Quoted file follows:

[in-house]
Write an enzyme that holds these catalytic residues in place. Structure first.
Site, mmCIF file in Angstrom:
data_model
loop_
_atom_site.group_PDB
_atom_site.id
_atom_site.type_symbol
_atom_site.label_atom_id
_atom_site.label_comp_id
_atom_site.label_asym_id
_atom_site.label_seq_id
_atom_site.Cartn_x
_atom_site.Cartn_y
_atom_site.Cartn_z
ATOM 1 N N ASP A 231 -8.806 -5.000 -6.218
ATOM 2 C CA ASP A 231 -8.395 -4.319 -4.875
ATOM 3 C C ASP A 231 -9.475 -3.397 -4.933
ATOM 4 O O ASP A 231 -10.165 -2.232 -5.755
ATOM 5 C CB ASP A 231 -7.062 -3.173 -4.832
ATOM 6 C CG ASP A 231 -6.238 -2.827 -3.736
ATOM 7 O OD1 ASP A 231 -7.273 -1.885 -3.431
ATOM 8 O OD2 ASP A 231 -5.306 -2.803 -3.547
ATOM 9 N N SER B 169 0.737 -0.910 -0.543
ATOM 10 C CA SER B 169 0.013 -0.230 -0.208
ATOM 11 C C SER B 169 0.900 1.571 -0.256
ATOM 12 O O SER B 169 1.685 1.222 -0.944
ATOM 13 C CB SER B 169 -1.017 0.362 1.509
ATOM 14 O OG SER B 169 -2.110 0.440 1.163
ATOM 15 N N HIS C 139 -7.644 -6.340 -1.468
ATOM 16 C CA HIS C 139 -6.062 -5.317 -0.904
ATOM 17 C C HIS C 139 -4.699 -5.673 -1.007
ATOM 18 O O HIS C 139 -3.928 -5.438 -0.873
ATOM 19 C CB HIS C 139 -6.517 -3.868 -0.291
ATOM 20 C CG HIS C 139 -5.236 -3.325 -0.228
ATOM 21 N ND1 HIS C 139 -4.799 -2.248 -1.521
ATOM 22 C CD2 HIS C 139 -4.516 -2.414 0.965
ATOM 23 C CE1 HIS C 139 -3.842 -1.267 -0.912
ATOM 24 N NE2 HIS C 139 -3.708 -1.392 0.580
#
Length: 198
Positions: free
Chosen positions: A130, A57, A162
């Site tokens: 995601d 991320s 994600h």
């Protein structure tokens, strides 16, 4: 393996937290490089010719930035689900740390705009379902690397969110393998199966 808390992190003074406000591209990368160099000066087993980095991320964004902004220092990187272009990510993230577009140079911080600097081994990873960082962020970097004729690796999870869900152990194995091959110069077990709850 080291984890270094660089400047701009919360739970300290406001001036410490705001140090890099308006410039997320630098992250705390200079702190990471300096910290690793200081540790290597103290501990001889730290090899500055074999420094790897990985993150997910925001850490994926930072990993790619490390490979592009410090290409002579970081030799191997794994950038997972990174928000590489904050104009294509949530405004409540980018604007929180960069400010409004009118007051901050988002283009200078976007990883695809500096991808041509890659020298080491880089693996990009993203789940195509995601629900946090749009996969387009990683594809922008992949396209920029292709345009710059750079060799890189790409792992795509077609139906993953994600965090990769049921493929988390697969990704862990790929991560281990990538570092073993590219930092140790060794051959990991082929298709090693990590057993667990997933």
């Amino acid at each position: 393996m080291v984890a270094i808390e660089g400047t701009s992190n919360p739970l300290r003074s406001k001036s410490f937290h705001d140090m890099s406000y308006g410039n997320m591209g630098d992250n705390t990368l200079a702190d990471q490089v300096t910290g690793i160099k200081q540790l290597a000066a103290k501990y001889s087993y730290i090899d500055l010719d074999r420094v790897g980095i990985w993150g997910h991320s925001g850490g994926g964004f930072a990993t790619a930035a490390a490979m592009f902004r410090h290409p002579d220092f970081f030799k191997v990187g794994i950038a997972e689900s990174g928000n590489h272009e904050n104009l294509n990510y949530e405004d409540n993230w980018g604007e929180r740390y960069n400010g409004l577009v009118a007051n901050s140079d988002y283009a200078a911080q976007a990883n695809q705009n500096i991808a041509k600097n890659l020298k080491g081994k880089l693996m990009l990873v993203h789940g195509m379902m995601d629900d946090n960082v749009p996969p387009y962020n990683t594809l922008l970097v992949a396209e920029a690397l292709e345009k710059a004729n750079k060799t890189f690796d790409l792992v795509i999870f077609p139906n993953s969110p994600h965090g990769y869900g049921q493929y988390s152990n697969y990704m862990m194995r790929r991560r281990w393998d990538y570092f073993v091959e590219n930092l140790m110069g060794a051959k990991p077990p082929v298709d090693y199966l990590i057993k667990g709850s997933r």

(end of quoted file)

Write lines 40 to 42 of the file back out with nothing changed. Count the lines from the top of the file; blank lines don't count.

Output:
#
Length: 198
Positions: free